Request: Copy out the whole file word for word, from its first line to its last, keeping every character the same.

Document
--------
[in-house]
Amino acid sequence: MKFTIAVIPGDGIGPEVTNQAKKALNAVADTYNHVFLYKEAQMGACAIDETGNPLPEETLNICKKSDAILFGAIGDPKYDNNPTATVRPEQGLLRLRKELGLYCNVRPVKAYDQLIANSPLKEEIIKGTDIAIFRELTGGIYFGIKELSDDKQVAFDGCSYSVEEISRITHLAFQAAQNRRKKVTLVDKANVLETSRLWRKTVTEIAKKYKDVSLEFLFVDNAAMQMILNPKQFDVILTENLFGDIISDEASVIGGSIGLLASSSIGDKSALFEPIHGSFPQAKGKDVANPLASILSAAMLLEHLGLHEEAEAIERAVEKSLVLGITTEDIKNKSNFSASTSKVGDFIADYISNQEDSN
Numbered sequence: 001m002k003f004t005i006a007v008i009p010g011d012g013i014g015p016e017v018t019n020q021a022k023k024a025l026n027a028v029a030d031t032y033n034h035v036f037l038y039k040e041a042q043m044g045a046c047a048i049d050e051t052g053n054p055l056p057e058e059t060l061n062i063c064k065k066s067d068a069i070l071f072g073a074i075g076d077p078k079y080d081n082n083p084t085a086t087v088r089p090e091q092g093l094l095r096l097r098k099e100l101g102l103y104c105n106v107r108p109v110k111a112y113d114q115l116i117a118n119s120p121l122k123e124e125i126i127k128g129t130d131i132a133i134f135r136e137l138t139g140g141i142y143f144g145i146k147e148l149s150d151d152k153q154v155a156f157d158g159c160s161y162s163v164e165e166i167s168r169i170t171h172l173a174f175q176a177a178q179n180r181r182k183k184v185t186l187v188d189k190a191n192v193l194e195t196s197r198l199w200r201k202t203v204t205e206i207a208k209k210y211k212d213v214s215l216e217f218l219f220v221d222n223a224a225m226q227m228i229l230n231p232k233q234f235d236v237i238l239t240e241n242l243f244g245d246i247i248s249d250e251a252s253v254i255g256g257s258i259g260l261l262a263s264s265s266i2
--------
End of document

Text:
[in-house]
Amino acid sequence: MKFTIAVIPGDGIGPEVTNQAKKALNAVADTYNHVFLYKEAQMGACAIDETGNPLPEETLNICKKSDAILFGAIGDPKYDNNPTATVRPEQGLLRLRKELGLYCNVRPVKAYDQLIANSPLKEEIIKGTDIAIFRELTGGIYFGIKELSDDKQVAFDGCSYSVEEISRITHLAFQAAQNRRKKVTLVDKANVLETSRLWRKTVTEIAKKYKDVSLEFLFVDNAAMQMILNPKQFDVILTENLFGDIISDEASVIGGSIGLLASSSIGDKSALFEPIHGSFPQAKGKDVANPLASILSAAMLLEHLGLHEEAEAIERAVEKSLVLGITTEDIKNKSNFSASTSKVGDFIADYISNQEDSN
Numbered sequence: 001m002k003f004t005i006a007v008i009p010g011d012g013i014g015p016e017v018t019n020q021a022k023k024a025l026n027a028v029a030d031t032y033n034h035v036f037l038y039k040e041a042q043m044g045a046c047a048i049d050e051t052g053n054p055l056p057e058e059t060l061n062i063c064k065k066s067d068a069i070l071f072g073a074i075g076d077p078k079y080d081n082n083p084t085a086t087v088r089p090e091q092g093l094l095r096l097r098k099e100l101g102l103y104c105n106v107r108p109v110k111a112y113d114q115l116i117a118n119s120p121l122k123e124e125i126i127k128g129t130d131i132a133i134f135r136e137l138t139g140g141i142y143f144g145i146k147e148l149s150d151d152k153q154v155a156f157d158g159c160s161y162s163v164e165e166i167s168r169i170t171h172l173a174f175q176a177a178q179n180r181r182k183k184v185t186l187v188d189k190a191n192v193l194e195t196s197r198l199w200r201k202t203v204t205e206i207a208k209k210y211k212d213v214s215l216e217f218l219f220v221d222n223a224a225m226q227m228i229l230n231p232k233q234f235d236v237i238l239t240e241n242l243f244g245d246i247i248s249d250e251a252s253v254i255g256g257s258i259g260l261l262a263s264s265s266i2